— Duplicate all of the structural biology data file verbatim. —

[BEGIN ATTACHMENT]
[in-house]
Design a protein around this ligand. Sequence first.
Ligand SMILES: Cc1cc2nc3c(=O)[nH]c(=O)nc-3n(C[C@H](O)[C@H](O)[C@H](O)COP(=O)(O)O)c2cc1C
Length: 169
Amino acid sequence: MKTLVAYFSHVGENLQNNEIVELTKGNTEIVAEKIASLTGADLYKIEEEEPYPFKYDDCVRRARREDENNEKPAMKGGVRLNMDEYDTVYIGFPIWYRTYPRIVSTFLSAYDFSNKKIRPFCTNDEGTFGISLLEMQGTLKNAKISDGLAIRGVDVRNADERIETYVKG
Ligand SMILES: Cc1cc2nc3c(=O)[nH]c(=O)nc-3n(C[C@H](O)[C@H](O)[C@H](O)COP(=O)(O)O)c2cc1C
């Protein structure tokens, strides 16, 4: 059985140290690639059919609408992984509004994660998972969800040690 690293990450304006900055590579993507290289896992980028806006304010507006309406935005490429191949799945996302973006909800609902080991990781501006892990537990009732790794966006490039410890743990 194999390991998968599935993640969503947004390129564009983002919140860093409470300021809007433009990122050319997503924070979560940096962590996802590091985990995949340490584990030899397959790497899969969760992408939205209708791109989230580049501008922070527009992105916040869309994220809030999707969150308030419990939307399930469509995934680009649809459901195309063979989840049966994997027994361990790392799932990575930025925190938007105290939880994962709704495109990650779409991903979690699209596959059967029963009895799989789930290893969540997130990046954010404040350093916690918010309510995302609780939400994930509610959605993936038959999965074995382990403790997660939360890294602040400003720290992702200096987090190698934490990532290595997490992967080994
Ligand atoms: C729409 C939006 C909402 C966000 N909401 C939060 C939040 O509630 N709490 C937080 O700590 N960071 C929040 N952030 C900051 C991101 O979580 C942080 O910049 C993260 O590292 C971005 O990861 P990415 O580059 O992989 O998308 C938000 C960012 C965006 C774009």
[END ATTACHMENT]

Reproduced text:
[in-house]
Design a protein around this ligand. Sequence first.
Ligand SMILES: Cc1cc2nc3c(=O)[nH]c(=O)nc-3n(C[C@H](O)[C@H](O)[C@H](O)COP(=O)(O)O)c2cc1C
Length: 169
Amino acid sequence: MKTLVAYFSHVGENLQNNEIVELTKGNTEIVAEKIASLTGADLYKIEEEEPYPFKYDDCVRRARREDENNEKPAMKGGVRLNMDEYDTVYIGFPIWYRTYPRIVSTFLSAYDFSNKKIRPFCTNDEGTFGISLLEMQGTLKNAKISDGLAIRGVDVRNADERIETYVKG
Ligand SMILES: Cc1cc2nc3c(=O)[nH]c(=O)nc-3n(C[C@H](O)[C@H](O)[C@H](O)COP(=O)(O)O)c2cc1C
């Protein structure tokens, strides 16, 4: 059985140290690639059919609408992984509004994660998972969800040690 690293990450304006900055590579993507290289896992980028806006304010507006309406935005490429191949799945996302973006909800609902080991990781501006892990537990009732790794966006490039410890743990 194999390991998968599935993640969503947004390129564009983002919140860093409470300021809007433009990122050319997503924070979560940096962590996802590091985990995949340490584990030899397959790497899969969760992408939205209708791109989230580049501008922070527009992105916040869309994220809030999707969150308030419990939307399930469509995934680009649809459901195309063979989840049966994997027994361990790392799932990575930025925190938007105290939880994962709704495109990650779409991903979690699209596959059967029963009895799989789930290893969540997130990046954010404040350093916690918010309510995302609780939400994930509610959605993936038959999965074995382990403790997660939360890294602040400003720290992702200096987090190698934490990532290595997490992967080994
Ligand atoms: C729409 C939006 C909402 C966000 N909401 C939060 C939040 O509630 N709490 C937080 O700590 N960071 C929040 N952030 C900051 C991101 O979580 C942080 O910049 C993260 O590292 C971005 O990861 P990415 O580059 O992989 O998308 C938000 C960012 C965006 C774009």